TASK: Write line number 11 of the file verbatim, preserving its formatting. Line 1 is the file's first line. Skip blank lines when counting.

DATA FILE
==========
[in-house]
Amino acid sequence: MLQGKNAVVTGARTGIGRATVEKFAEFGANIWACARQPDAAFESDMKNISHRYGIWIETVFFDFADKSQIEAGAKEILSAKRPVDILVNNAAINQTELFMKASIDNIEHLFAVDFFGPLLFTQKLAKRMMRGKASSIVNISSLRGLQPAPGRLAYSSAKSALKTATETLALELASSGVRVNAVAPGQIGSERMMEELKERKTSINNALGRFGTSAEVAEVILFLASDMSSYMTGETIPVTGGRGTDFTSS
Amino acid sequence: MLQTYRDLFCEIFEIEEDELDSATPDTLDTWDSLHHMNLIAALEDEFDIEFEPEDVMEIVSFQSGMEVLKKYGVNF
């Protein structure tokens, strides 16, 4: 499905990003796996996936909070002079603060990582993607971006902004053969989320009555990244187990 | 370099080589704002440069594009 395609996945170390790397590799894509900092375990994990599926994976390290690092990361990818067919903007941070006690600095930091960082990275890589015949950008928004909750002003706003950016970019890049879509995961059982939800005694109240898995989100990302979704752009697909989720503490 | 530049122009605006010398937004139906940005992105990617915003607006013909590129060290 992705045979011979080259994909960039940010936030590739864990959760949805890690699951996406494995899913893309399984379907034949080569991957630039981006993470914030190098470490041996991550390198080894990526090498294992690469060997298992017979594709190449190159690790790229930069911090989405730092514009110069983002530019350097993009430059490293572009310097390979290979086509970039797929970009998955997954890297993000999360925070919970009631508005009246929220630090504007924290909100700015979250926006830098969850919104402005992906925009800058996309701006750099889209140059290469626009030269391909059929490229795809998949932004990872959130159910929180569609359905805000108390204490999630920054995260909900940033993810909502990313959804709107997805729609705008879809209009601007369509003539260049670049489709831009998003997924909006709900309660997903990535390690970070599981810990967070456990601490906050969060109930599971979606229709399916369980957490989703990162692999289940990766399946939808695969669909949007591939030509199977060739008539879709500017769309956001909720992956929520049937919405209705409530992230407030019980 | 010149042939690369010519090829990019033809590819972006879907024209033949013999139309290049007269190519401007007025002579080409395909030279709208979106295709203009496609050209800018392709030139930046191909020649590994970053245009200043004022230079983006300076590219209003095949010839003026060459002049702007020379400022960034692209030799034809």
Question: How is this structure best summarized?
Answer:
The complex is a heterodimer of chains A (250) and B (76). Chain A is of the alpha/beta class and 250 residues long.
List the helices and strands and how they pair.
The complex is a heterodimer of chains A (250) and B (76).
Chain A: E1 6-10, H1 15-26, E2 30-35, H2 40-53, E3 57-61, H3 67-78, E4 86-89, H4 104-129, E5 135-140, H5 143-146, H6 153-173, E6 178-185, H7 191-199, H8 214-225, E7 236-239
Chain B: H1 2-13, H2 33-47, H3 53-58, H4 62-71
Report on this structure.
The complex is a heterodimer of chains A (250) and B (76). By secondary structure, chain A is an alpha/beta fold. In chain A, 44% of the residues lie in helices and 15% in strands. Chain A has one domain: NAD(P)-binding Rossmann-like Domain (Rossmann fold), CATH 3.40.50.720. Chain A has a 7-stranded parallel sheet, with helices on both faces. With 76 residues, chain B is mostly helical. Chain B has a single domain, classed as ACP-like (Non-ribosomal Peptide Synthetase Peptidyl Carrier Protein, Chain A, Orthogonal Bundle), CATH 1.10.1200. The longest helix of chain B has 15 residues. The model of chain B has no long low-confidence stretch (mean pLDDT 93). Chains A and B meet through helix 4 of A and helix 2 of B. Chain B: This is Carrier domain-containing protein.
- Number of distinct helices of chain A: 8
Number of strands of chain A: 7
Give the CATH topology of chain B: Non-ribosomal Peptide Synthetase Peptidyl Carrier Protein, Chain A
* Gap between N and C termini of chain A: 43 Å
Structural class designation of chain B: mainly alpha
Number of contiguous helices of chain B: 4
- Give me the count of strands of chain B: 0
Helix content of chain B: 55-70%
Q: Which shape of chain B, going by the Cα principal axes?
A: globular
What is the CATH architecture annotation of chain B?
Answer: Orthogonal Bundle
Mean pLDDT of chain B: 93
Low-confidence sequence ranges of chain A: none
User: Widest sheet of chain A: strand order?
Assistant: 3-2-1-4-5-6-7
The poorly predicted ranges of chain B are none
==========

Chain B: H1 2-13, H2 33-47, H3 53-58, H4 62-71